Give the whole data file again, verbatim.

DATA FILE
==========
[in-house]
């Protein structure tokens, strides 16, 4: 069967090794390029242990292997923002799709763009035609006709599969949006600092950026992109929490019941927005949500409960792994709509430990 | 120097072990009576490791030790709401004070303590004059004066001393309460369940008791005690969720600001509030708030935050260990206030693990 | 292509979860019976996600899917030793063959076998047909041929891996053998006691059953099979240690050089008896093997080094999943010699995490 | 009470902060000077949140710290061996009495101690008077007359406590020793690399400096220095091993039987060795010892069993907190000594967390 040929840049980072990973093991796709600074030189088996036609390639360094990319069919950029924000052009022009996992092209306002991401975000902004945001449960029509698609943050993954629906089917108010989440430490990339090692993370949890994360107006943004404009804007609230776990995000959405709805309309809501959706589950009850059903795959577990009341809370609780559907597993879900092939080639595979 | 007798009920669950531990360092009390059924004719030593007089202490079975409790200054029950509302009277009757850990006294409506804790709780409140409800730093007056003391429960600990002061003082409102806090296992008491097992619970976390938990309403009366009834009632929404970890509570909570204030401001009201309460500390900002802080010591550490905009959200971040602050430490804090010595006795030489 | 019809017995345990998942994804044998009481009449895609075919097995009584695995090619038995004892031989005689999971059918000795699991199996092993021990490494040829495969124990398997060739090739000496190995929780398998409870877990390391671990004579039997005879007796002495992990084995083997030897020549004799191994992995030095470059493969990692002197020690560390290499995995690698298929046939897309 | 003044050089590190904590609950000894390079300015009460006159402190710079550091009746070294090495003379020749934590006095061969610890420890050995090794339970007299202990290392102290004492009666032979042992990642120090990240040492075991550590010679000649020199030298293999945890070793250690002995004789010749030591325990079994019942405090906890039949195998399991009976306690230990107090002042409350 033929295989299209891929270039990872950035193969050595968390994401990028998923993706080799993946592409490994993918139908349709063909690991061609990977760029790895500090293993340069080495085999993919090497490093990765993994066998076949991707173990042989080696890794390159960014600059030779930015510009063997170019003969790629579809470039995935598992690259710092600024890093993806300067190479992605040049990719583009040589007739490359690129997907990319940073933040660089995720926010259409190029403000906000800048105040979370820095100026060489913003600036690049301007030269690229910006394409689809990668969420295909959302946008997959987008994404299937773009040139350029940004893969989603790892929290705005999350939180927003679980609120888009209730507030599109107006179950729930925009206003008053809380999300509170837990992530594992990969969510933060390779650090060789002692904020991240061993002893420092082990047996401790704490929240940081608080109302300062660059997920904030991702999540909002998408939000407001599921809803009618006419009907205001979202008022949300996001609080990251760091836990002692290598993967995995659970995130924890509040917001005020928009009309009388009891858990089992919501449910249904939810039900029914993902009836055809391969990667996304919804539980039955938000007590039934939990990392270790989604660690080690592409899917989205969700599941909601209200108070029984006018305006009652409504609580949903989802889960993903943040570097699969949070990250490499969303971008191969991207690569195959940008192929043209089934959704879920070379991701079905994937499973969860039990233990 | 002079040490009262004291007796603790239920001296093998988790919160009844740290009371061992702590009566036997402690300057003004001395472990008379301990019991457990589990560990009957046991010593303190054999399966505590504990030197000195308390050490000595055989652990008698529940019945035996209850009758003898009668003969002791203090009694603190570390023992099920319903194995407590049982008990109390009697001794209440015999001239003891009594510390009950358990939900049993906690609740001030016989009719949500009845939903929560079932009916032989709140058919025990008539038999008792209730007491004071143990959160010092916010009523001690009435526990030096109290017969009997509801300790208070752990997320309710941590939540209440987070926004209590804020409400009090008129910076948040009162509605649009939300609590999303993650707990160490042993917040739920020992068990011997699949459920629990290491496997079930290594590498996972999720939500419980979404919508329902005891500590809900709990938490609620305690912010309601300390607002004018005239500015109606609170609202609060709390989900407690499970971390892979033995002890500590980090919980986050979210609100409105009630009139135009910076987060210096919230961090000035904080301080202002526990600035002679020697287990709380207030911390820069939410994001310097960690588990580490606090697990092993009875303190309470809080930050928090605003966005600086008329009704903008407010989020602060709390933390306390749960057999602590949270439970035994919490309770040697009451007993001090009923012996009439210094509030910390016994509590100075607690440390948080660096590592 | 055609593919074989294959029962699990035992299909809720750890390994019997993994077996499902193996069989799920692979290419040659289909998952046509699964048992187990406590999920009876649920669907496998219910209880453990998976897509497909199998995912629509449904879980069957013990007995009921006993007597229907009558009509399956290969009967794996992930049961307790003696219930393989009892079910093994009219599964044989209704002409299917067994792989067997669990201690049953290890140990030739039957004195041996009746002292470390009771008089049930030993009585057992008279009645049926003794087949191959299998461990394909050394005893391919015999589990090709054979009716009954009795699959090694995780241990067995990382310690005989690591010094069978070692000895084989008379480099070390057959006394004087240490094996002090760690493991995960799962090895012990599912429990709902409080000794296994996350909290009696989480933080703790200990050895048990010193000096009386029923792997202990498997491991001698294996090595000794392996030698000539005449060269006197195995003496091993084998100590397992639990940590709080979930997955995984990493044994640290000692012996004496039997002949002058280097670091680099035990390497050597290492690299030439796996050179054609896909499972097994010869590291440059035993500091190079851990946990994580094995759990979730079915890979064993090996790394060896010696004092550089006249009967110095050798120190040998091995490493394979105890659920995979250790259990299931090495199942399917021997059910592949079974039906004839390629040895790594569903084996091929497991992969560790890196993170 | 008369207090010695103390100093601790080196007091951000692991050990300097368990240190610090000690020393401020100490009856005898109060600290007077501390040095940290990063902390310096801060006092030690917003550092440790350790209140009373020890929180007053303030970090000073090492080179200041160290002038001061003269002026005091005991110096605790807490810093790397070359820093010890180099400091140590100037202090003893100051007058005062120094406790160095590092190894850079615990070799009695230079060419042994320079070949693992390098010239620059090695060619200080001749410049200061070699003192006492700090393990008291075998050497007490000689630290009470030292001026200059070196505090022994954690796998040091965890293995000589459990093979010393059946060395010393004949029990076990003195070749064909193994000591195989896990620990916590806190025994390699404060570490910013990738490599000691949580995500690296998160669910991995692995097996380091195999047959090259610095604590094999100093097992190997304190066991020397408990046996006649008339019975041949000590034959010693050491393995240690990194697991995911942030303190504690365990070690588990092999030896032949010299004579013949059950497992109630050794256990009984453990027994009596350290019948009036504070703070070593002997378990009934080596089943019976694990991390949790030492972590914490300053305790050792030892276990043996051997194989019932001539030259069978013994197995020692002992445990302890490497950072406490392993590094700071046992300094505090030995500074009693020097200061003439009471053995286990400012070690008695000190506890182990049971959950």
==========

[in-house]
């Protein structure tokens, strides 16, 4: 069967090794390029242990292997923002799709763009035609006709599969949006600092950026992109929490019941927005949500409960792994709509430990 | 120097072990009576490791030790709401004070303590004059004066001393309460369940008791005690969720600001509030708030935050260990206030693990 | 292509979860019976996600899917030793063959076998047909041929891996053998006691059953099979240690050089008896093997080094999943010699995490 | 009470902060000077949140710290061996009495101690008077007359406590020793690399400096220095091993039987060795010892069993907190000594967390 040929840049980072990973093991796709600074030189088996036609390639360094990319069919950029924000052009022009996992092209306002991401975000902004945001449960029509698609943050993954629906089917108010989440430490990339090692993370949890994360107006943004404009804007609230776990995000959405709805309309809501959706589950009850059903795959577990009341809370609780559907597993879900092939080639595979 | 007798009920669950531990360092009390059924004719030593007089202490079975409790200054029950509302009277009757850990006294409506804790709780409140409800730093007056003391429960600990002061003082409102806090296992008491097992619970976390938990309403009366009834009632929404970890509570909570204030401001009201309460500390900002802080010591550490905009959200971040602050430490804090010595006795030489 | 019809017995345990998942994804044998009481009449895609075919097995009584695995090619038995004892031989005689999971059918000795699991199996092993021990490494040829495969124990398997060739090739000496190995929780398998409870877990390391671990004579039997005879007796002495992990084995083997030897020549004799191994992995030095470059493969990692002197020690560390290499995995690698298929046939897309 | 003044050089590190904590609950000894390079300015009460006159402190710079550091009746070294090495003379020749934590006095061969610890420890050995090794339970007299202990290392102290004492009666032979042992990642120090990240040492075991550590010679000649020199030298293999945890070793250690002995004789010749030591325990079994019942405090906890039949195998399991009976306690230990107090002042409350 033929295989299209891929270039990872950035193969050595968390994401990028998923993706080799993946592409490994993918139908349709063909690991061609990977760029790895500090293993340069080495085999993919090497490093990765993994066998076949991707173990042989080696890794390159960014600059030779930015510009063997170019003969790629579809470039995935598992690259710092600024890093993806300067190479992605040049990719583009040589007739490359690129997907990319940073933040660089995720926010259409190029403000906000800048105040979370820095100026060489913003600036690049301007030269690229910006394409689809990668969420295909959302946008997959987008994404299937773009040139350029940004893969989603790892929290705005999350939180927003679980609120888009209730507030599109107006179950729930925009206003008053809380999300509170837990992530594992990969969510933060390779650090060789002692904020991240061993002893420092082990047996401790704490929240940081608080109302300062660059997920904030991702999540909002998408939000407001599921809803009618006419009907205001979202008022949300996001609080990251760091836990002692290598993967995995659970995130924890509040917001005020928009009309009388009891858990089992919501449910249904939810039900029914993902009836055809391969990667996304919804539980039955938000007590039934939990990392270790989604660690080690592409899917989205969700599941909601209200108070029984006018305006009652409504609580949903989802889960993903943040570097699969949070990250490499969303971008191969991207690569195959940008192929043209089934959704879920070379991701079905994937499973969860039990233990 | 002079040490009262004291007796603790239920001296093998988790919160009844740290009371061992702590009566036997402690300057003004001395472990008379301990019991457990589990560990009957046991010593303190054999399966505590504990030197000195308390050490000595055989652990008698529940019945035996209850009758003898009668003969002791203090009694603190570390023992099920319903194995407590049982008990109390009697001794209440015999001239003891009594510390009950358990939900049993906690609740001030016989009719949500009845939903929560079932009916032989709140058919025990008539038999008792209730007491004071143990959160010092916010009523001690009435526990030096109290017969009997509801300790208070752990997320309710941590939540209440987070926004209590804020409400009090008129910076948040009162509605649009939300609590999303993650707990160490042993917040739920020992068990011997699949459920629990290491496997079930290594590498996972999720939500419980979404919508329902005891500590809900709990938490609620305690912010309601300390607002004018005239500015109606609170609202609060709390989900407690499970971390892979033995002890500590980090919980986050979210609100409105009630009139135009910076987060210096919230961090000035904080301080202002526990600035002679020697287990709380207030911390820069939410994001310097960690588990580490606090697990092993009875303190309470809080930050928090605003966005600086008329009704903008407010989020602060709390933390306390749960057999602590949270439970035994919490309770040697009451007993001090009923012996009439210094509030910390016994509590100075607690440390948080660096590592 | 055609593919074989294959029962699990035992299909809720750890390994019997993994077996499902193996069989799920692979290419040659289909998952046509699964048992187990406590999920009876649920669907496998219910209880453990998976897509497909199998995912629509449904879980069957013990007995009921006993007597229907009558009509399956290969009967794996992930049961307790003696219930393989009892079910093994009219599964044989209704002409299917067994792989067997669990201690049953290890140990030739039957004195041996009746002292470390009771008089049930030993009585057992008279009645049926003794087949191959299998461990394909050394005893391919015999589990090709054979009716009954009795699959090694995780241990067995990382310690005989690591010094069978070692000895084989008379480099070390057959006394004087240490094996002090760690493991995960799962090895012990599912429990709902409080000794296994996350909290009696989480933080703790200990050895048990010193000096009386029923792997202990498997491991001698294996090595000794392996030698000539005449060269006197195995003496091993084998100590397992639990940590709080979930997955995984990493044994640290000692012996004496039997002949002058280097670091680099035990390497050597290492690299030439796996050179054609896909499972097994010869590291440059035993500091190079851990946990994580094995759990979730079915890979064993090996790394060896010696004092550089006249009967110095050798120190040998091995490493394979105890659920995979250790259990299931090495199942399917021997059910592949079974039906004839390629040895790594569903084996091929497991992969560790890196993170 | 008369207090010695103390100093601790080196007091951000692991050990300097368990240190610090000690020393401020100490009856005898109060600290007077501390040095940290990063902390310096801060006092030690917003550092440790350790209140009373020890929180007053303030970090000073090492080179200041160290002038001061003269002026005091005991110096605790807490810093790397070359820093010890180099400091140590100037202090003893100051007058005062120094406790160095590092190894850079615990070799009695230079060419042994320079070949693992390098010239620059090695060619200080001749410049200061070699003192006492700090393990008291075998050497007490000689630290009470030292001026200059070196505090022994954690796998040091965890293995000589459990093979010393059946060395010393004949029990076990003195070749064909193994000591195989896990620990916590806190025994390699404060570490910013990738490599000691949580995500690296998160669910991995692995097996380091195999047959090259610095604590094999100093097992190997304190066991020397408990046996006649008339019975041949000590034959010693050491393995240690990194697991995911942030303190504690365990070690588990092999030896032949010299004579013949059950497992109630050794256990009984453990027994009596350290019948009036504070703070070593002997378990009934080596089943019976694990991390949790030492972590914490300053305790050792030892276990043996051997194989019932001539030259069978013994197995020692002992445990302890490497950072406490392993590094700071046992300094505090030995500074009693020097200061003439009471053995286990400012070690008695000190506890182990049971959950």